During the '80s, one of the most popular underground alternative bands to make a splash in the New York Tri-State area was, surprisingly, not a local band. In fact, APB hailed from across the pond in Scotland. While most alternative bands of the '80s used chiming guitars and/or icy synths to get their points across, APB were an anomaly, as it was funk bass that led the charge (quite comparable to Gang of Four -- minus the political lyrics). In fact, their early work served as a blueprint for what the Red Hot Chili Peppers would follow on their first few releases. Formed in Aberdeen, Scotland, APB were comprised of singer/bassist Iain Slater, guitarist Glenn Roberts, and drummer George Cheyne, with a pair of percussionists added over the years (Nick Jones from 1982-1983 and Mikey Craighead taking Jones' spot from 1984-1989).
The group initially caused a buzz in Europe, which lead to several sessions for BBC Radio 1 between 1981 and 1984 (the John Peel Session twice, and the David Jensen Session and Peter Powell Session once apiece). Several singles were issued as well, which served as the basis for APB's debut full-length, Something to Believe In, in 1985. New York radio soon embraced these singles (namely "Palace Filled with Love," "Rainy Day," "One Day," "What Kind of Girl?," and especially the infectious "Shoot You Down"), which led to several U.S. tours -- including spots over the years opening for both the Clash and James Brown. Additionally, APB headlined their own New York gigs (including a performance at the famous venue the Ritz).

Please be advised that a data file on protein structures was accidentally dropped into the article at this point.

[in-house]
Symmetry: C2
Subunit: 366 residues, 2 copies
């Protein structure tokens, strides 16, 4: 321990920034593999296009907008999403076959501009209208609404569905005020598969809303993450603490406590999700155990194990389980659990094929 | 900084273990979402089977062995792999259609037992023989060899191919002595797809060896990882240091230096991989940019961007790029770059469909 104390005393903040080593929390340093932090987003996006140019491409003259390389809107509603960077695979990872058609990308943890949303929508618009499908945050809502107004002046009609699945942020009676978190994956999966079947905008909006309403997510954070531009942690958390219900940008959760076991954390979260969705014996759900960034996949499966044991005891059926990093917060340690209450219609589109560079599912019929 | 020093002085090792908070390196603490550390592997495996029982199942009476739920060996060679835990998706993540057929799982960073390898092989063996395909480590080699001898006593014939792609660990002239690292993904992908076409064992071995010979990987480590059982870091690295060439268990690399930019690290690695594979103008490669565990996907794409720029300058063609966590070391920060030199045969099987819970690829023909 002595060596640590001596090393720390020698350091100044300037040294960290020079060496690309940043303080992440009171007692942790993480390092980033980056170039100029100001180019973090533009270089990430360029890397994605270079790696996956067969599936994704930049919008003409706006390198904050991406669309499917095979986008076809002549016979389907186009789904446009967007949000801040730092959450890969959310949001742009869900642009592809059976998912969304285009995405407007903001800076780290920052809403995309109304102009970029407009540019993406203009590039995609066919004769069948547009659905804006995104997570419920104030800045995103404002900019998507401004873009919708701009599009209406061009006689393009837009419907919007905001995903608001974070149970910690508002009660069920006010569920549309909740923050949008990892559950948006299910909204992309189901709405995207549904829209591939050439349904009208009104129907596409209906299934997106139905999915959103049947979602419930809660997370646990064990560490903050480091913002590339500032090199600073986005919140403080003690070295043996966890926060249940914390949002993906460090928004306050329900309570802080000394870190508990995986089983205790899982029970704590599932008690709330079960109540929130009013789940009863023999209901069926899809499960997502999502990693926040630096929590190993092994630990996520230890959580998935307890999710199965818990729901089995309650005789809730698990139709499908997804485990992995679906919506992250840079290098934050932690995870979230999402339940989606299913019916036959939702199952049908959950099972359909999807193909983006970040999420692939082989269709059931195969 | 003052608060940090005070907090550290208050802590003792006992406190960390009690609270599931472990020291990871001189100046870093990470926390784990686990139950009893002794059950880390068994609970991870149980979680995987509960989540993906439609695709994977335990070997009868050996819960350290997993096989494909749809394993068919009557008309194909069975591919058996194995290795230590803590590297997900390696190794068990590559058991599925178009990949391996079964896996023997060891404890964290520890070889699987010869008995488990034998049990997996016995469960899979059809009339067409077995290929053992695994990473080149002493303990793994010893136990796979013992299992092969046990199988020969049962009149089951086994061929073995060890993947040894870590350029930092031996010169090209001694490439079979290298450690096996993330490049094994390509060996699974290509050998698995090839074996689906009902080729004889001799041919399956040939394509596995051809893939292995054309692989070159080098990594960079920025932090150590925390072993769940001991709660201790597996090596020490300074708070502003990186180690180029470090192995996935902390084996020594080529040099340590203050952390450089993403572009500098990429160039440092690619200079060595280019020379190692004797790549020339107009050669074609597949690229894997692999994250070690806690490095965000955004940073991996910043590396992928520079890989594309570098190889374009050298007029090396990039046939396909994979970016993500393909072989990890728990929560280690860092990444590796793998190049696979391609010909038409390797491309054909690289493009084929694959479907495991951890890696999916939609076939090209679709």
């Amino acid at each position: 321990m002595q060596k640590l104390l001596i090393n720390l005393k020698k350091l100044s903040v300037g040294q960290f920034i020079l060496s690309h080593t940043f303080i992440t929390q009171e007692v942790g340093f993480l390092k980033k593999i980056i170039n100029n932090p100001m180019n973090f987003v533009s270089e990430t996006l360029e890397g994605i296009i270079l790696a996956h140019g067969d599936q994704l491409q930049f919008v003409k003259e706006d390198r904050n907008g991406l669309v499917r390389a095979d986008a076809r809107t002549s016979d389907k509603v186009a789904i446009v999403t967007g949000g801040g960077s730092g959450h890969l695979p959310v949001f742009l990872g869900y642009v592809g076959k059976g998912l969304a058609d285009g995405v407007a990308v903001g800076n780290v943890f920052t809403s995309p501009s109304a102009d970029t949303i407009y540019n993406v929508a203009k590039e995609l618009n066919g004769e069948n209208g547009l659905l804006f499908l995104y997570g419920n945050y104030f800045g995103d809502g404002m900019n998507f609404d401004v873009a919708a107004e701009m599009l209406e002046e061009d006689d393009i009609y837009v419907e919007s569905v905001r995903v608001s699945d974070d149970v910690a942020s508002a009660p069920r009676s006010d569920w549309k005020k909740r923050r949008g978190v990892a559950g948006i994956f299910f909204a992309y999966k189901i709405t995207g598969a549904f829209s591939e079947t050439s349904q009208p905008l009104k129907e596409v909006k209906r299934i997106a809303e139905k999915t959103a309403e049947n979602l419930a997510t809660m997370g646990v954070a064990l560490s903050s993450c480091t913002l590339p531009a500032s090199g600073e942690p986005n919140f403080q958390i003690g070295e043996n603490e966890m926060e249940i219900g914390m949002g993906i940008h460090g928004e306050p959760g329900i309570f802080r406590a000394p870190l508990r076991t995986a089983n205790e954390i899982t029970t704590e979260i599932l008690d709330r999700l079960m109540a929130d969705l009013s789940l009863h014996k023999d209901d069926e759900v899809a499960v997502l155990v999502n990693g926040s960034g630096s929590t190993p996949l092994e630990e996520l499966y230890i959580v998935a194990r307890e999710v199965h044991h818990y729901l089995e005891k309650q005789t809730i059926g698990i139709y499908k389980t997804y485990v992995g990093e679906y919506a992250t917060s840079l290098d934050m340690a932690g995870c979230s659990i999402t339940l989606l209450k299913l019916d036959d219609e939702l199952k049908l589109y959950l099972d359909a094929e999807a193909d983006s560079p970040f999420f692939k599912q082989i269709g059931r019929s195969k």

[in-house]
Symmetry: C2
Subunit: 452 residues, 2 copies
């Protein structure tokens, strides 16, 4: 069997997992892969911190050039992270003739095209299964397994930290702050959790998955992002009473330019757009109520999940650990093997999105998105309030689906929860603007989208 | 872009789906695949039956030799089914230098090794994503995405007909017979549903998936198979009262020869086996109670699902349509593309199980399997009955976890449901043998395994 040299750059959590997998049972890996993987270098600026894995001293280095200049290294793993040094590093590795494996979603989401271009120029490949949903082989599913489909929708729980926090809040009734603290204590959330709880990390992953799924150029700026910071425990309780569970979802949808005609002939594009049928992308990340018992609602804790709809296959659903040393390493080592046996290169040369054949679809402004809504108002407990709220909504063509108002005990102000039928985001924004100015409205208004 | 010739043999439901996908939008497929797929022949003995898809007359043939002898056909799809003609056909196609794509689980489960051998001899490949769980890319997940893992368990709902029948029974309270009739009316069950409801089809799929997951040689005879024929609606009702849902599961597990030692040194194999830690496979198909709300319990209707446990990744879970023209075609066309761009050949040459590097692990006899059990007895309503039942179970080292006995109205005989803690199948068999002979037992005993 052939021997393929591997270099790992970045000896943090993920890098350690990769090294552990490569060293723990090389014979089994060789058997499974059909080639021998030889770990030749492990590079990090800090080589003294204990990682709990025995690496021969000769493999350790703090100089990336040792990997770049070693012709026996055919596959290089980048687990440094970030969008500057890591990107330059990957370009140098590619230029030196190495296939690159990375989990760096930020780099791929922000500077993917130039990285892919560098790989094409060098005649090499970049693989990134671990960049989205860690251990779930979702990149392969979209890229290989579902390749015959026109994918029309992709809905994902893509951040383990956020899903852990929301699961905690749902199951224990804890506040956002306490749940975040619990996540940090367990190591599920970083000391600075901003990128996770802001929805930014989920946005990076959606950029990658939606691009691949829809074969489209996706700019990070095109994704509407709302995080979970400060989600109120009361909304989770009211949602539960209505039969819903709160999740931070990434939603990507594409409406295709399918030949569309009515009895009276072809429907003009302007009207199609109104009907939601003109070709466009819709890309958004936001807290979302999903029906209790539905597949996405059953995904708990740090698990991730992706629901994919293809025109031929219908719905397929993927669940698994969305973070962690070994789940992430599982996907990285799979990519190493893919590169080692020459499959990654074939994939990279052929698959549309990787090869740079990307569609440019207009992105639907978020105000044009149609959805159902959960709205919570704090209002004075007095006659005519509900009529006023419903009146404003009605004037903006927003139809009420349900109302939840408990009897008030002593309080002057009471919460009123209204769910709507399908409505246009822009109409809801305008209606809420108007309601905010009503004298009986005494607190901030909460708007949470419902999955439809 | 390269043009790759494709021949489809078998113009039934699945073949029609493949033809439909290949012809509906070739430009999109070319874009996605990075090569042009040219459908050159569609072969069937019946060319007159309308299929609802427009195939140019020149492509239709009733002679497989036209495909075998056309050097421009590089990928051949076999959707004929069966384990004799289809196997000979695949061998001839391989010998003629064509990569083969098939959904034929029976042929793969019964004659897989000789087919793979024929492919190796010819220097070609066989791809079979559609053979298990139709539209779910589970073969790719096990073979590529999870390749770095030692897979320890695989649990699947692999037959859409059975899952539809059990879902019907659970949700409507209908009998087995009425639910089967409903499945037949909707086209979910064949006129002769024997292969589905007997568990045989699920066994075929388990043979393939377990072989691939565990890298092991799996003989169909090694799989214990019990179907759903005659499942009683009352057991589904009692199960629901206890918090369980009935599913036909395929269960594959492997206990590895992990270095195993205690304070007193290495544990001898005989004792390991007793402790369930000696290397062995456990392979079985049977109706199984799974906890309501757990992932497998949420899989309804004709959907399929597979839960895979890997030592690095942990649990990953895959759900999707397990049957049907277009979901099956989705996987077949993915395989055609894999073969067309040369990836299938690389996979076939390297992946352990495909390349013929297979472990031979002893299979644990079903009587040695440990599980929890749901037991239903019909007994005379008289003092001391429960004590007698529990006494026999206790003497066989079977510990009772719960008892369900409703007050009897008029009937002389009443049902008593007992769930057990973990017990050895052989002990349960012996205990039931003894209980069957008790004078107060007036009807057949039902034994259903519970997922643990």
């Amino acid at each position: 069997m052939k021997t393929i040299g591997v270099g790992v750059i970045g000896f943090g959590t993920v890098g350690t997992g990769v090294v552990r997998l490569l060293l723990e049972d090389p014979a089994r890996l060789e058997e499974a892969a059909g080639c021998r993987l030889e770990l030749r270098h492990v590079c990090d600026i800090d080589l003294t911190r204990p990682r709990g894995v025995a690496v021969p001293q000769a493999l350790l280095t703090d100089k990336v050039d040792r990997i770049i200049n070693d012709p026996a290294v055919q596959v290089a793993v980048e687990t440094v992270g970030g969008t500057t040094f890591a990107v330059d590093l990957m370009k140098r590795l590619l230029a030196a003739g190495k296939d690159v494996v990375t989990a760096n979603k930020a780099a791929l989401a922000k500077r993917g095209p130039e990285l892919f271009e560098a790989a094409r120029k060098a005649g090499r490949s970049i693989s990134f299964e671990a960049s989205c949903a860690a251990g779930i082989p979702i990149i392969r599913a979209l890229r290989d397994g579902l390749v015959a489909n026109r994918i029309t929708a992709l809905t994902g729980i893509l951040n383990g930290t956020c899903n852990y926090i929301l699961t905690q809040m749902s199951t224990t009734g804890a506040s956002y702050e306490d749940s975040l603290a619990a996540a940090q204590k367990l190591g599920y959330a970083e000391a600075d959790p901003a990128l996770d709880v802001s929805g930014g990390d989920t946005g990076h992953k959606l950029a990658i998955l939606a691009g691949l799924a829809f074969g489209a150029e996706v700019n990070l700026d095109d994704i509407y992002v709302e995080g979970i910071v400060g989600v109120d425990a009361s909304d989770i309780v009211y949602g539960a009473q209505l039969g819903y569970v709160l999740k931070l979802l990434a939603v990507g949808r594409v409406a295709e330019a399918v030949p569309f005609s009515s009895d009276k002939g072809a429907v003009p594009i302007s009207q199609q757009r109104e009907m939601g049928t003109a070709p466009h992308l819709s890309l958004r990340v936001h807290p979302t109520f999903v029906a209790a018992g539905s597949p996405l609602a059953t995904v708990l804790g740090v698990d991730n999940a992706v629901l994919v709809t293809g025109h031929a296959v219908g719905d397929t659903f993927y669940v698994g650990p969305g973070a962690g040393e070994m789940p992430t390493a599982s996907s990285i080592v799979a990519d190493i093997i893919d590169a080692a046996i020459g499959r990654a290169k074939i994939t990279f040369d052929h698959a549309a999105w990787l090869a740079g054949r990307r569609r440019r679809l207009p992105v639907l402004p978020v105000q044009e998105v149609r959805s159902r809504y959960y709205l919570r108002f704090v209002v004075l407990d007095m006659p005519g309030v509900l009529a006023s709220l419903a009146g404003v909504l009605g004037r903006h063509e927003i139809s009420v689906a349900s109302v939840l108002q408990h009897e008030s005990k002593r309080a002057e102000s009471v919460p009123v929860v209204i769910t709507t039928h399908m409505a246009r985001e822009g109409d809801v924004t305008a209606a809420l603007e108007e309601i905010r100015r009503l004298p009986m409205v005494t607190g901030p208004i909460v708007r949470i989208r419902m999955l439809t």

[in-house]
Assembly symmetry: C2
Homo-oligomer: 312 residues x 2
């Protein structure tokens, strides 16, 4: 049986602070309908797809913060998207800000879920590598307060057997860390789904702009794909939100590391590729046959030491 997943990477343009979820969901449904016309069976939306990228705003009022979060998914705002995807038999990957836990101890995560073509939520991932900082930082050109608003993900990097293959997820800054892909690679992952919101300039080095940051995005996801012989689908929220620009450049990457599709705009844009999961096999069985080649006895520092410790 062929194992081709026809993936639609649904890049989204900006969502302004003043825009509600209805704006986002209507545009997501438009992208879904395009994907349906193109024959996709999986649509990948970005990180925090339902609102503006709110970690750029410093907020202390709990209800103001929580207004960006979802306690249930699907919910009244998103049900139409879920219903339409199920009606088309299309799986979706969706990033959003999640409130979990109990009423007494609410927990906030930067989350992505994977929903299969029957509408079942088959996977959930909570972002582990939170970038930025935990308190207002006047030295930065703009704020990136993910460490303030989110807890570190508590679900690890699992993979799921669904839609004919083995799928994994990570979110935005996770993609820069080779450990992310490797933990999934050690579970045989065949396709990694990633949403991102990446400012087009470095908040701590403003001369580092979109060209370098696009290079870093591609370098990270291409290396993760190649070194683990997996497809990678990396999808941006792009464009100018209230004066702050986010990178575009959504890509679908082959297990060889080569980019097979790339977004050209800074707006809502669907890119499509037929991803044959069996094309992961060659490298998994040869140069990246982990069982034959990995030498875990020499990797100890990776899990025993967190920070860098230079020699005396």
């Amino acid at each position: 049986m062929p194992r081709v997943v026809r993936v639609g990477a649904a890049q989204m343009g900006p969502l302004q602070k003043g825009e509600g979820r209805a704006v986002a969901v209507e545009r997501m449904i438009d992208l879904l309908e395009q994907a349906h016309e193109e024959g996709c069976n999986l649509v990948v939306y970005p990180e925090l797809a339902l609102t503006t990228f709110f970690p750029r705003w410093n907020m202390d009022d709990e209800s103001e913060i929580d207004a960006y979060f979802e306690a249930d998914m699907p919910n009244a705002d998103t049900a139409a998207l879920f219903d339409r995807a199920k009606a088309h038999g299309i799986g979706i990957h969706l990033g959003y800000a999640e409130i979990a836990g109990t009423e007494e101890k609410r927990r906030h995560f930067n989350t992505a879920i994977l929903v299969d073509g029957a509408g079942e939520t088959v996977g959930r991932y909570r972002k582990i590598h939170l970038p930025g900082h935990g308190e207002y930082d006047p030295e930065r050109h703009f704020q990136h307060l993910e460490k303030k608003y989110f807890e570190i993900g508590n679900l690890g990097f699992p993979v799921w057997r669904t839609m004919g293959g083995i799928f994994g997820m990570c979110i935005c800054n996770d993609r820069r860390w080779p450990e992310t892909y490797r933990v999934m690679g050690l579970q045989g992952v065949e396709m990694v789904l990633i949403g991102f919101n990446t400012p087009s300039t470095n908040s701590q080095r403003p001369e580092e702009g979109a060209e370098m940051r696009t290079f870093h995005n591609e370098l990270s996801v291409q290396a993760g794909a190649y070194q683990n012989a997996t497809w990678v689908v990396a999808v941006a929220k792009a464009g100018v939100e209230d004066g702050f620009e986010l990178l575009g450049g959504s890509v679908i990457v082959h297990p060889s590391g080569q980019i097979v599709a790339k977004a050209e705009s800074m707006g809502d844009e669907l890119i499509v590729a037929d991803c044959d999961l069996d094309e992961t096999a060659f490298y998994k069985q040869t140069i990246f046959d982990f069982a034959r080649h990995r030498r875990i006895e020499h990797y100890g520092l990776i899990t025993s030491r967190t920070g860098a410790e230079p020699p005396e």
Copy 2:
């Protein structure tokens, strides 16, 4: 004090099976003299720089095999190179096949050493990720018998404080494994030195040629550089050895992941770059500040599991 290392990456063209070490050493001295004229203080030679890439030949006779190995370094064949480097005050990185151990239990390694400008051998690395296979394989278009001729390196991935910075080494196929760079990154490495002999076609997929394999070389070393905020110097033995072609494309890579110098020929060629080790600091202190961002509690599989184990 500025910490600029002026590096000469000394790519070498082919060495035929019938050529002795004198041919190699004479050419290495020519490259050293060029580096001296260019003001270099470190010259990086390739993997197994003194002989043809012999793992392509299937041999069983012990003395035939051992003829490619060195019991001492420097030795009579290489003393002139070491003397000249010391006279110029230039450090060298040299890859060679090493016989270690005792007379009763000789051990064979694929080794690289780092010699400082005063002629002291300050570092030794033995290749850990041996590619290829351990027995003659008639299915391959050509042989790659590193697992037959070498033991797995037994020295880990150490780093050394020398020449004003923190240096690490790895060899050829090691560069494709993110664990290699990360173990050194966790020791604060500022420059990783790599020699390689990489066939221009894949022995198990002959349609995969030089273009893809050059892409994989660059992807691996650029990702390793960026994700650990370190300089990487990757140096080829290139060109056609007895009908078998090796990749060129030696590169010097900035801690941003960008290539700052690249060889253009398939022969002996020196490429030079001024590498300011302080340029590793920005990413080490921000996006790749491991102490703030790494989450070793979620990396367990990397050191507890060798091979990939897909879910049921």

In 1986 a sophomore effort, Cure for the Blues, was released, as well as a four-song EP, Missing You Already, later that same year. The group would continue to perform sporadically for the remainder of the '80s, but would not issue any more new recordings. Interest in APB increased by the early 21st century, thanks to the emergence of countless new wave revival acts, which led to a double-disc reissue of their debut in 2005, Something to Believe In: 20th Anniversary Edition, as well as a compilation of their early radio sessions, The Radio 1 Sessions, a year later. ~ Greg Prato, Rovi